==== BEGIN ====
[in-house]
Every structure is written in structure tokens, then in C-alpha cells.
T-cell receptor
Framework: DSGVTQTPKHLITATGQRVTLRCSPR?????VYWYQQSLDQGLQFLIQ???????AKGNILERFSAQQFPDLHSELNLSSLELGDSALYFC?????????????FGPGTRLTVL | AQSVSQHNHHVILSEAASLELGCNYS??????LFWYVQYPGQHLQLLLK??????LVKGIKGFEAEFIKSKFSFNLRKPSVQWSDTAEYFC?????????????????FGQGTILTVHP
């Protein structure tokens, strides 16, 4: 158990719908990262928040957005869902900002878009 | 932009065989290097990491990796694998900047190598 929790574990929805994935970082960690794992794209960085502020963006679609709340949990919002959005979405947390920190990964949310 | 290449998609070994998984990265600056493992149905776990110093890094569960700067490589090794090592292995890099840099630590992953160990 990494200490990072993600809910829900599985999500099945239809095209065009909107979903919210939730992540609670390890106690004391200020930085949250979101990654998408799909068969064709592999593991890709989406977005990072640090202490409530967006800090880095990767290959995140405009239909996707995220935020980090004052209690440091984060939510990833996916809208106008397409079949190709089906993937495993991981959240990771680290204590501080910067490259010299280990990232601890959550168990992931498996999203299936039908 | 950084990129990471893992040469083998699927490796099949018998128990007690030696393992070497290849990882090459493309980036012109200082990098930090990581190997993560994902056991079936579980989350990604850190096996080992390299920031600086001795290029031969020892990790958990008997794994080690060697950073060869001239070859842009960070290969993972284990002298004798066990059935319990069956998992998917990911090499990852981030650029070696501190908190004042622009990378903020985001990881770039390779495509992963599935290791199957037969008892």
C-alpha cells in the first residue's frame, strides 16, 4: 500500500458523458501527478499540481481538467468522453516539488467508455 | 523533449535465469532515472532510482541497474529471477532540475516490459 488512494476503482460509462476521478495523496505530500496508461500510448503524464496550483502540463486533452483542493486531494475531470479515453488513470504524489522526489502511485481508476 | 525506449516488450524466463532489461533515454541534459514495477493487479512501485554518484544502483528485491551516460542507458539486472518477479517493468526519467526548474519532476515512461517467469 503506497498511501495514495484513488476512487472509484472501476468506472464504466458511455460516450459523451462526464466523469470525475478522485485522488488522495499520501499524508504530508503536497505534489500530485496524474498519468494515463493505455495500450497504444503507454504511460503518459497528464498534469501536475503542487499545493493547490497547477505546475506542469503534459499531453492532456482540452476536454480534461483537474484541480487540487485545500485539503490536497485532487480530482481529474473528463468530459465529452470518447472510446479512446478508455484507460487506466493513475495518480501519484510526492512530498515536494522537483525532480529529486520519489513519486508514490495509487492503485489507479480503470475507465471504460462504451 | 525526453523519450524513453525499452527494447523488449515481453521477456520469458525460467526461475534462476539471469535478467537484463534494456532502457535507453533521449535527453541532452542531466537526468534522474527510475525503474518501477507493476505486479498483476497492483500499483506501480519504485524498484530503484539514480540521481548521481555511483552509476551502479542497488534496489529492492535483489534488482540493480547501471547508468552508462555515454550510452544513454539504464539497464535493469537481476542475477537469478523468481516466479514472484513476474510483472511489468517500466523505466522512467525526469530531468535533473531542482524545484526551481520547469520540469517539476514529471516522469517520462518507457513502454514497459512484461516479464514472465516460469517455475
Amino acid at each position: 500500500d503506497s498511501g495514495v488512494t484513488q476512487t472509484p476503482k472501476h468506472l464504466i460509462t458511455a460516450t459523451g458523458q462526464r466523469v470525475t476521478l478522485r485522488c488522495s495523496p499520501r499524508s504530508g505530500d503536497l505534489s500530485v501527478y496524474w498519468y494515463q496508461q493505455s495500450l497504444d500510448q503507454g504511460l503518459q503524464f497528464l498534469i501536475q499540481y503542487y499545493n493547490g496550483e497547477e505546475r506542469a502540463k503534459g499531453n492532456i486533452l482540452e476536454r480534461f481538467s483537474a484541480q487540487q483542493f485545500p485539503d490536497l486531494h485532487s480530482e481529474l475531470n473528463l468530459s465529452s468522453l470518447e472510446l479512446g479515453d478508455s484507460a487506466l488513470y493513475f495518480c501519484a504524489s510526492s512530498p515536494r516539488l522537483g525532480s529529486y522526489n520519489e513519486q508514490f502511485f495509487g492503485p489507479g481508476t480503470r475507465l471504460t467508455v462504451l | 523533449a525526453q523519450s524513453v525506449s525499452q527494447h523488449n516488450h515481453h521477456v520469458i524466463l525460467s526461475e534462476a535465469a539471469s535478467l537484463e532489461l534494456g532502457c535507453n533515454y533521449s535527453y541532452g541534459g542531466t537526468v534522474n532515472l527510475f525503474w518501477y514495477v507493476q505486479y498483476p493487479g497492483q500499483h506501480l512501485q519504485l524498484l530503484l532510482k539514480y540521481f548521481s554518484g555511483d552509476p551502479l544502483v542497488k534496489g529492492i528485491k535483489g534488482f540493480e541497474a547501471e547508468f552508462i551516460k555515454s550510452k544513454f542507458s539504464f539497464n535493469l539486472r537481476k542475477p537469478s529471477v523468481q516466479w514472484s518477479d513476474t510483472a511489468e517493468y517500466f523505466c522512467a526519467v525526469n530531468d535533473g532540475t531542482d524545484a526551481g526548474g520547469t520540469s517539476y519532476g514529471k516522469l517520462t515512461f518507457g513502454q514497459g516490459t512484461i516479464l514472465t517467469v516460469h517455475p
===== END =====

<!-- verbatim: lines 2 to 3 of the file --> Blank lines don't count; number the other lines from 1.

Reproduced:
Every structure is written in structure tokens, then in C-alpha cells.
T-cell receptor